The retroactivity language in the SOA thus creates an issue of which set of limitations are to be used, those in place prior to enactment of the SOA or those found in the SOA. Retroactive application of the SOA has the potential to reach two groups of cases. The first is a group on which one of the previous statutes had run at the time the SOA was enacted. For this group, the cause of action would have been extinguished at the time the SOA was enacted. The second group includes cases on which neither of the previous statutes had run at the time of enactment of the SOA. For this group, the cause of action would not have been extinguished at the time the SOA was enacted.

Regarding the first group of cases, the Second, Third, Fourth, Fifth, Seventh and Eighth Circuits have found that the SOA does not revive previously extinguished causes of action. Id. at 551. But see Tello v. Dean Witter Reynolds, Inc., 410 F.3d 1275, 1281082 (11th Cir. 2005) (disagreed with other circuits and remanded for further fact-finding). Relying upon and adopting the well-reasoned opinion in In re Enterprise Mortgage Acceptance Co., LLC, Securities Litigation, 391 F.3d 401, 411 (2d Cir. 2004), this Court elects to follow the majority of Circuit Courts and conclude that the new statutes of limitations and repose found in the SOA do not revive previously extinguished causes of action. Thus, the one-year statute of limitation and the three-year statute of repose apply to the group of cases where either of these statutes had expired at the time of enactment of the SOA.*fn1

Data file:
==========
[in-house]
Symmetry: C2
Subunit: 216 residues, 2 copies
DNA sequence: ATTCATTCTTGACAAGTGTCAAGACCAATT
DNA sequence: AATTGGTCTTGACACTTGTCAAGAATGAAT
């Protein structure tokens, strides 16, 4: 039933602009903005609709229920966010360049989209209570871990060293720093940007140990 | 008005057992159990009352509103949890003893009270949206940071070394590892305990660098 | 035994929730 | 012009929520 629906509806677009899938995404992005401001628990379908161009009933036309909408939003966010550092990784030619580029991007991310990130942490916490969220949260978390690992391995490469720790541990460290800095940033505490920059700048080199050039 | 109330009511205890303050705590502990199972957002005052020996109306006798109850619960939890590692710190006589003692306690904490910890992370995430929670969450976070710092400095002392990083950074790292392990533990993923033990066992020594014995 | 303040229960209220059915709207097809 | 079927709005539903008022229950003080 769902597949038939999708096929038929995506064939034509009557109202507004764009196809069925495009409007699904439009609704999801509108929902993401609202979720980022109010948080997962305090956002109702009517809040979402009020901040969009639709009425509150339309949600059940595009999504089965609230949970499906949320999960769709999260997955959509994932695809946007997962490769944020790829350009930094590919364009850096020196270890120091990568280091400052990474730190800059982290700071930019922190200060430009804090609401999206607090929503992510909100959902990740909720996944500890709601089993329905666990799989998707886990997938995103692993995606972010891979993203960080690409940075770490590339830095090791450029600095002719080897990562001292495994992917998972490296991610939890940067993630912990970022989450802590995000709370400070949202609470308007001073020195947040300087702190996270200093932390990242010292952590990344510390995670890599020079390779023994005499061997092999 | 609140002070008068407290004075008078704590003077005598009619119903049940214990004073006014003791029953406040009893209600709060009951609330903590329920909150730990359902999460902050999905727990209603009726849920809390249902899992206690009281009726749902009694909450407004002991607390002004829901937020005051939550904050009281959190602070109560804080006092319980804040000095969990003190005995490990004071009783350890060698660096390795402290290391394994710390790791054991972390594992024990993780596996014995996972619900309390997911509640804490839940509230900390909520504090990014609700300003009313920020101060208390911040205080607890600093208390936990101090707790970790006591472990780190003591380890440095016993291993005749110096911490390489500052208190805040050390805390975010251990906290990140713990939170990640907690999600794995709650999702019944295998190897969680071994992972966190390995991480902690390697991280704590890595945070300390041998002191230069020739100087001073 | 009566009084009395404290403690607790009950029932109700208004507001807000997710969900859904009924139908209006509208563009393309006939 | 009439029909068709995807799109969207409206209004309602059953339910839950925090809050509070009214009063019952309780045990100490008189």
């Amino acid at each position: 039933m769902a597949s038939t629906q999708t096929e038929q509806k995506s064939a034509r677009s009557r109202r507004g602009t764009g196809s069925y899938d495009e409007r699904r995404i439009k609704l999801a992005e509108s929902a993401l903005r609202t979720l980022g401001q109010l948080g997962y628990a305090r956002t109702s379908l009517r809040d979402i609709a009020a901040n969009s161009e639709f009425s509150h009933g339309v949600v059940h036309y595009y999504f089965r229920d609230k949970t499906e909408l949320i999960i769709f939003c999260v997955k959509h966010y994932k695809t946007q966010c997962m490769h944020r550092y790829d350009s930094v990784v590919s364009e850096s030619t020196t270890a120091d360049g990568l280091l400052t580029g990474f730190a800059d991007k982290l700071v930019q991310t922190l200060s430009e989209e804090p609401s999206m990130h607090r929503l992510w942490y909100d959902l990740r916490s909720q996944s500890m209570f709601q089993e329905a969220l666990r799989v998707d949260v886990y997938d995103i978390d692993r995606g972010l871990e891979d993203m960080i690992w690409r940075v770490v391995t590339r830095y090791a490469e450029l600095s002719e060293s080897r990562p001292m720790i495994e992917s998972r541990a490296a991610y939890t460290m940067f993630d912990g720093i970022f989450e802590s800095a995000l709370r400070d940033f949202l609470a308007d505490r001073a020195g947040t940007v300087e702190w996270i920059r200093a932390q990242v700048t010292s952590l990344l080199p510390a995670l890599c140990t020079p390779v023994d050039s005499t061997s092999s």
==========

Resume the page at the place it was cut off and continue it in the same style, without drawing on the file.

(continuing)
The second group of cases are those wherein neither the one-year statute of limitations nor the three-year statute of repose had run at the time the SOA was enacted. For this group, the SOA includes specific language. The two-year statute of limitations and the five-year statute of repose apply to proceedings commenced on or after the SOA's enactment date of July 30, 2002. Id. at 550 (citing Pub.L. No. 107-204, 116 Stat. 745, 801 (2002)). Therefore the new statutes of limitation and repose set forth in the SOA apply to proceedings commenced on or after July 30, 2002, in which neither the one-year statute of limitations nor the three-year statute of repose had run as of July 30, 2002. If either the one-year statute of limitations or the three-year statute of repose had expired, the effect of applying the new SOA provisions would be to create a new, private cause of action which is forbidden by the SOA.

Analysis

In this case, the Complaint was filed on February 22, 2005, well after the enactment of the SOA. Therefore, the SOA applies and the applicability of its statutes of limitations and repose must be considered.

As this Court has previously determined, the statute of limitations on the Receiver's federal securities claims began to run, at the earliest, on August 1, 2003, the date of a Justice Department letter which informed investors about the FBI's investigation of LifeTime. Therefore, the previous one-year statute of limitations had not run when the SOA was enacted. Further, there is evidence that Pinnacle sold a TimeLife product on April 20, 2000. Therefore the previous three-year statute of repose, with regard to Pinnacle, had not run when the SOA was enacted. Since neither the one-year statute of limitations or the three year statute of repose had run when ...